“Taking my work out of its usual medium helps me avoid burnout.”
“Freelance is not glamorous. It can paint it up to be this really glamorous thing and it can be really ferocious and impressive, but it’s a really gutter punk, dirty, filthy bitch most of the time. Which can be a good thing. I think scrappiness can be a really good thing.”
“Freelance is not the only way to be a successful and contributing designer.”
“There is so much to be learned from being part of a team.”
“I am always trying to expand my network outside of design.”
“Just putting yourself out there and going to events is really, really helpful.”
Tips I wish I knew before going freelance:
- Connect with humans-The more you can have meetings in person or hear someones voice on the other end of the line is extremely helpful.
- Never send a bid over email- I want to make sure I am the right fit for them and they are the right fit for me. A lot of times companies are just scanning emails and going for the lowest bid. That’s a reality for a lot of companies, but that’s not how I want to operate.
- I also try to present initial ideas in person whenever possible. They can tell you candidly if they like it.
- Telling them right away that I’m kind of a weirdo is really helpful- Not everyone wants a gassy spice girl fan as their designer and that’s okay.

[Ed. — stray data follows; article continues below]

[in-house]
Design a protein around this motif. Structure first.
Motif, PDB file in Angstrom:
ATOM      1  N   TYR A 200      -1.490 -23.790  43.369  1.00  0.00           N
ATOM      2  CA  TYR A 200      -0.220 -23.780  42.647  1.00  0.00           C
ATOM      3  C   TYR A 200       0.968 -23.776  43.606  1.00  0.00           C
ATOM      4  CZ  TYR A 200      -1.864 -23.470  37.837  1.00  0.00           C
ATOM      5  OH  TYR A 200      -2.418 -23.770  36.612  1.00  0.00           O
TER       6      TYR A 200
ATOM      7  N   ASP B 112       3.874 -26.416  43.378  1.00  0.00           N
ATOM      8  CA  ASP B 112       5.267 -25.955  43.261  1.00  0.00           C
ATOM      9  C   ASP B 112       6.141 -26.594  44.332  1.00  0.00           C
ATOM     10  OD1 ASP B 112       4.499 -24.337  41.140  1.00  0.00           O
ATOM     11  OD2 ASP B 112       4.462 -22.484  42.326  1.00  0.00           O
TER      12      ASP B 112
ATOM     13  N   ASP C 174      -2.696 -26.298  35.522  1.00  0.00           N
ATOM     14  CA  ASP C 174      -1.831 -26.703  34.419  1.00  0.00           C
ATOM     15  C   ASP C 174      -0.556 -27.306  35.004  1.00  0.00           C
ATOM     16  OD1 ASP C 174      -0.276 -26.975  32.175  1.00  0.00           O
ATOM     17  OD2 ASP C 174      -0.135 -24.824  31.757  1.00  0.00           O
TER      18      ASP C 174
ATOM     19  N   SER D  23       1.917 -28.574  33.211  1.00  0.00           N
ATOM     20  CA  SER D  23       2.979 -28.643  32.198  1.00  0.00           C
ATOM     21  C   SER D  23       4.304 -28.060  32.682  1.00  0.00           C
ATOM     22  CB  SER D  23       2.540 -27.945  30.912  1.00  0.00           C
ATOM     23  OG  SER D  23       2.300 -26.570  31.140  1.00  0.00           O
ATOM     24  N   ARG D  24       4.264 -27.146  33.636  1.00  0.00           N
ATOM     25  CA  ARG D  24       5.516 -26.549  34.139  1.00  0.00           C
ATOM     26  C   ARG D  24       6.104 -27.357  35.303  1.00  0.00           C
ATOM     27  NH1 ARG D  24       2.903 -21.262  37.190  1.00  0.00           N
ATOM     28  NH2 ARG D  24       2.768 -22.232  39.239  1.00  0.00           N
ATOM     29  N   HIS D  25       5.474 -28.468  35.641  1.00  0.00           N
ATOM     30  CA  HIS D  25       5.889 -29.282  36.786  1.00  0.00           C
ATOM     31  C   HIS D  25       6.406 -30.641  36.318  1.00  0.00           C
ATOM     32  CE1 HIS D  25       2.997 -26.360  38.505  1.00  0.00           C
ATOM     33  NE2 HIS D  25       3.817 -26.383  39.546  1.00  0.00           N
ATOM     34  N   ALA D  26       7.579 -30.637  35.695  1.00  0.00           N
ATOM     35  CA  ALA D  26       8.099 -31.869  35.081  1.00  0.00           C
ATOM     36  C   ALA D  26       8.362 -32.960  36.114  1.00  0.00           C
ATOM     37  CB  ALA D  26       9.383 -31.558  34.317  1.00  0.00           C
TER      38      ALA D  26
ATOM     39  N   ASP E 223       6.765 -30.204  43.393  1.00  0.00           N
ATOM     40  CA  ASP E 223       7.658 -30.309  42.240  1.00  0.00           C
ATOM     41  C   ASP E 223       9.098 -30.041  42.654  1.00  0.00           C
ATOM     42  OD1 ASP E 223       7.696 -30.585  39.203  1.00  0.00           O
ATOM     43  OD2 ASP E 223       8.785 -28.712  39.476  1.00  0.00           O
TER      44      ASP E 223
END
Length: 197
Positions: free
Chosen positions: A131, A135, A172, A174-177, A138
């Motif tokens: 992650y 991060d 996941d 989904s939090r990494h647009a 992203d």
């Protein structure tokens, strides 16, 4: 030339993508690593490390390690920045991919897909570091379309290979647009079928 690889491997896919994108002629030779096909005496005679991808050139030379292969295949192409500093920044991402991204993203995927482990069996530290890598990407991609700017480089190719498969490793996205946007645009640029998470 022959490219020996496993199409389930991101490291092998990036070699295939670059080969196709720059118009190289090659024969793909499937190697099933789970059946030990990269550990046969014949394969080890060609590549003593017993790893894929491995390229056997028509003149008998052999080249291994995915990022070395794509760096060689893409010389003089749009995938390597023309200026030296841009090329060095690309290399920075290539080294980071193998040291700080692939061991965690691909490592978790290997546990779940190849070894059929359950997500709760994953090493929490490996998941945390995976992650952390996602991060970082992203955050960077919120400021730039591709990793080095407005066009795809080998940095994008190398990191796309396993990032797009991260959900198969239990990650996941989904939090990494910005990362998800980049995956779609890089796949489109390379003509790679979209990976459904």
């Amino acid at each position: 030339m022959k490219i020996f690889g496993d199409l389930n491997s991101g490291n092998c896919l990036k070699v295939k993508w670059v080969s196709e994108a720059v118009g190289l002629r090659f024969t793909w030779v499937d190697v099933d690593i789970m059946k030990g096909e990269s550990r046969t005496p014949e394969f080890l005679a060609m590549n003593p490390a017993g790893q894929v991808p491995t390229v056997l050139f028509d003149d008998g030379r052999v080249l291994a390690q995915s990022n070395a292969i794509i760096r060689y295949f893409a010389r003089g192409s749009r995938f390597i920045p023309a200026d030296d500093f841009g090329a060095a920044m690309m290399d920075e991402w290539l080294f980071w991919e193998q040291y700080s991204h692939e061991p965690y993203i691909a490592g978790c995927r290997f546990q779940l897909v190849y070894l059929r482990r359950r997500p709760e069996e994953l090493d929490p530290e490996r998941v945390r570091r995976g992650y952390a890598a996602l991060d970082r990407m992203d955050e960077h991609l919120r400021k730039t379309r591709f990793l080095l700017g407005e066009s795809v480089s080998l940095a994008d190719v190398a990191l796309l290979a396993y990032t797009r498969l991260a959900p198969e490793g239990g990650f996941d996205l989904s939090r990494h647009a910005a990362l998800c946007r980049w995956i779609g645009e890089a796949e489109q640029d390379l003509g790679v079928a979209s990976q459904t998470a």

- Setting up a time to talk- it shows them that you’re serious.
- Get a contract for everything-In reality it’s a really healthy thing to do. It sets up expectations for everyone that is involved.
- Schedule the work- If I don’t schedule the work I just go into a youtube hole and find all of the most emotional audition videos from The Voice when I’m trying to get work done, so I try to schedule to a day so I can make sure I stick to it.
- You are your own marketing department- You’ve got to be the person that is putting your work out there.
“You are hired for your perspective. Your perspective is either going to be right for something or it’s not.”
“It’s our responsibility to explain our perspective.”
“No one likes a talented asshole. If my work isn’t perfect, but I’m nice to work with, I stand more of a chance of getting rehired [or referred].”
“Save up your money.”
“What is your visual heritage? What work hooks you? Why did it hook you?”
“I built a career out of things that boys don’t do.” (He had stitched every sequence to this Forever 21 jacket.)
“I challenge you all to find a way to mentor and find a way to make the things that you struggled with easier for those who come after you. Volunteer in whatever way you can. When you can, donate work to a good cause.”
“I’ll leave you with this– put some good into the world that goes beyond just pixels.”
If you can’t tell by the pictures we had a really good time. Kyle’s one-liners were gold…every single time. On top of all that, we also all walked out with “Wannabe” by the Spice Girls stuck in our heads, because it was impossible not to.
So, Kyle, we can’t thank you enough for gracing us with presence and for blessing our ears with your take on “The Long Game”. And as always, we can end an event recap without a shout-out to Metrographics and The Creative Group for making events like this possible.